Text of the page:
Tree species with multiple trunks can provide an interesting and unique look to a landscape. Many of these trees have excellent hardiness ratings, making them suitable for colder climates. They are beneficial as they have a wide base and can provide low-down cover. However, there are also some drawbacks to multi-stem trees. Let’s look at growing multi-trunk trees. We’ll help you decide which species to add to your yard or landscaping project.
Multi trunk trees
There are many varieties of multi-stem trees that can attract wildlife, create privacy and shade in your yard. They grow several stems from one rootstock.
Here is a list of some popular multi trunk trees that can be grown in various hardiness zones:
Japanese maple (Acer palmatum) grows well in USDA zones 6 to 8. It features several trunks that arise from a single rootstock. It has a mature height of 14 to 25 feet, with beautiful autumn foliage in shades of red and yellow. The tree has green leaves for the rest of the year.
Japanese maples are perfect for small areas and are also available as dwarf varieties that grow 6 to 10 feet tall. They prefer to be planted in well drained soil in a sunny spot.
Paperbark maple (Acer griseum) is hardy in USDA zones 4 to 8. This deciduous tree has an attractive peeling bark that gives it a unique look. It grows to heights of up to 25 feet and prefers partial shade to full sun.
The Himalayan birch has the botanical name Betula utilis var. It is fairly cold hardy and grows in various zones from 5 to 9. These trees are very fast growing and can grow up to one and a half feet yearly.
Himalayan birch trees have an attractive white birch which has a peeling texture. The bark can look shiny from a distance. The foliage is glossy and green, and the tree will lose its leaves during the fall.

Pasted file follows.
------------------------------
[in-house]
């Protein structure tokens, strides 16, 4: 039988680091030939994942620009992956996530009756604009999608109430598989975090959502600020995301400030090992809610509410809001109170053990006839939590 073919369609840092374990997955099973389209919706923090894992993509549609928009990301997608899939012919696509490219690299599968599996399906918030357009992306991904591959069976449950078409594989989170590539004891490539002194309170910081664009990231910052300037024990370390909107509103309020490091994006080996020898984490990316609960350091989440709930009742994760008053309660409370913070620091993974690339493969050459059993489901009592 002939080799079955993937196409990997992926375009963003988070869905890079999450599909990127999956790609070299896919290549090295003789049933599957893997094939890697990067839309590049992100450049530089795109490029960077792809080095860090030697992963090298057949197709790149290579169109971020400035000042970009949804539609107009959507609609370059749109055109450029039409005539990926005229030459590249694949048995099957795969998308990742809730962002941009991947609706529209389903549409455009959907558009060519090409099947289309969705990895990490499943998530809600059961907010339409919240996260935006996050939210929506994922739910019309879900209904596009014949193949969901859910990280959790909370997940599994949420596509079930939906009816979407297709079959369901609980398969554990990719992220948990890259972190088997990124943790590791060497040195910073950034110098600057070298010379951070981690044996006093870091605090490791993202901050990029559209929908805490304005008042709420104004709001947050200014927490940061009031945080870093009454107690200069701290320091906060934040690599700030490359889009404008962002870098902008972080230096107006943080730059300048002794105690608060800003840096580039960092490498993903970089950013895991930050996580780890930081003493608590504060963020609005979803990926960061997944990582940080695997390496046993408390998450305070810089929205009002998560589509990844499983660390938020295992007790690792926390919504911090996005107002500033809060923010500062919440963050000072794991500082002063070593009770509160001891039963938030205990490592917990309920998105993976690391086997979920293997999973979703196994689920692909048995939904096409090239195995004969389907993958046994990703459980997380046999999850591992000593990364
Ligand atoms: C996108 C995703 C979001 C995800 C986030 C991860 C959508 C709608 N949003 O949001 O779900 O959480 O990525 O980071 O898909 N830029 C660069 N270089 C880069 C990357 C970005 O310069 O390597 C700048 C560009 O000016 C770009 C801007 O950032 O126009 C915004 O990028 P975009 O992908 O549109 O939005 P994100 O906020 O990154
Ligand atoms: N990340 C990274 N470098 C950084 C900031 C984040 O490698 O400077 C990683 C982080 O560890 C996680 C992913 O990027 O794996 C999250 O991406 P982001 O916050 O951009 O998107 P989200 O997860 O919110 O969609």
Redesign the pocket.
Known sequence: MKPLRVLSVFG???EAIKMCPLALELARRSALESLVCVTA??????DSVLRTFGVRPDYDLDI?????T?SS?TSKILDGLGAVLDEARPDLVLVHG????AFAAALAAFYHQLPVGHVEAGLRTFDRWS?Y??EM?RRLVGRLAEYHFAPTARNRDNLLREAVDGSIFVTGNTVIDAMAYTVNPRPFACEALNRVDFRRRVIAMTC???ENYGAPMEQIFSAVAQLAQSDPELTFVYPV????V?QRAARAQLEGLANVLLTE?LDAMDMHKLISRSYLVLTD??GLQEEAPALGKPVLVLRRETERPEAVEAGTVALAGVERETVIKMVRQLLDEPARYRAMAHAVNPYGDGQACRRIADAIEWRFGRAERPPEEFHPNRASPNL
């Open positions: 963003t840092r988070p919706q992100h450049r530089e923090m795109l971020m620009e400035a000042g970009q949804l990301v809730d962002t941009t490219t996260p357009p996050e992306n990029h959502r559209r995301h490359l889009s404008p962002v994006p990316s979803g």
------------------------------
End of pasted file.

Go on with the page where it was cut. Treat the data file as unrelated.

Manchurian apricot (Prunus armeniaca) is hardy in USDA zones 4 to 8. This small tree has multiple trunks and spreads to a width of 15 to 20 feet. It has beautiful white spring flowers, followed by small apricot-like fruit in the late summer to fall. This tree will attract birds and wildlife to your yard.
Juneberry trees (Betula utilis var) are also fast-growing multi trunk trees that put on over a foot of new growth a year. The tree produces large white blooms in the spring and summer months which turn into edible fruit. In fall, the trees leaves will turn orange and red.
Juneberry trees are hardy and cold-tolerant. They thrive in USDA zones 2 through 5.
Weeping willow (Salix babylonica) is hardy in USDA zones 5 to 9. This deciduous tree can grow up to 25 feet tall and is perfect for larger areas. It has long, drooping branches and attractive yellow catkins in the spring.
Tibetan cherry tree
The Tibetan cherry tree has the botanical name Prunus serrula var. It’s a beautiful, medium-sized tree that thrives in USDA zones 5 to 8. The tree has unique tactile bark that’s a maroon color and adds visual interest to your yard.
Tibetan cherry trees have willow-like leaves that are dark green and turn yellow in the fall. The tree remains relatively compact, growing up to 12 feet in 20 years. It’s slow growing making it great for urban areas and smaller spaces. It produces small white blooms during the spring.
The tree is tolerant of a wide variety of soil types as long as it’s planted in an area with well-drained soil.
Chinese pistache (Pistacia Chinensis) is hardy in USDA zones 6 to 9. This deciduous tree is very tall and can easily reach a height of between 30 and 40 feet tall, with multiple trunks arising from the same root zone. It has bright, glossy green leaves in the summer and vibrant red-orange foliage in the fall.
These multi trunk trees can all be grown in various hardiness zones with proper care and maintenance. They provide an interesting and unique look to any landscape and a variety of seasonal colors throughout the year. Proper selection and placement make these trees a great addition to any yard.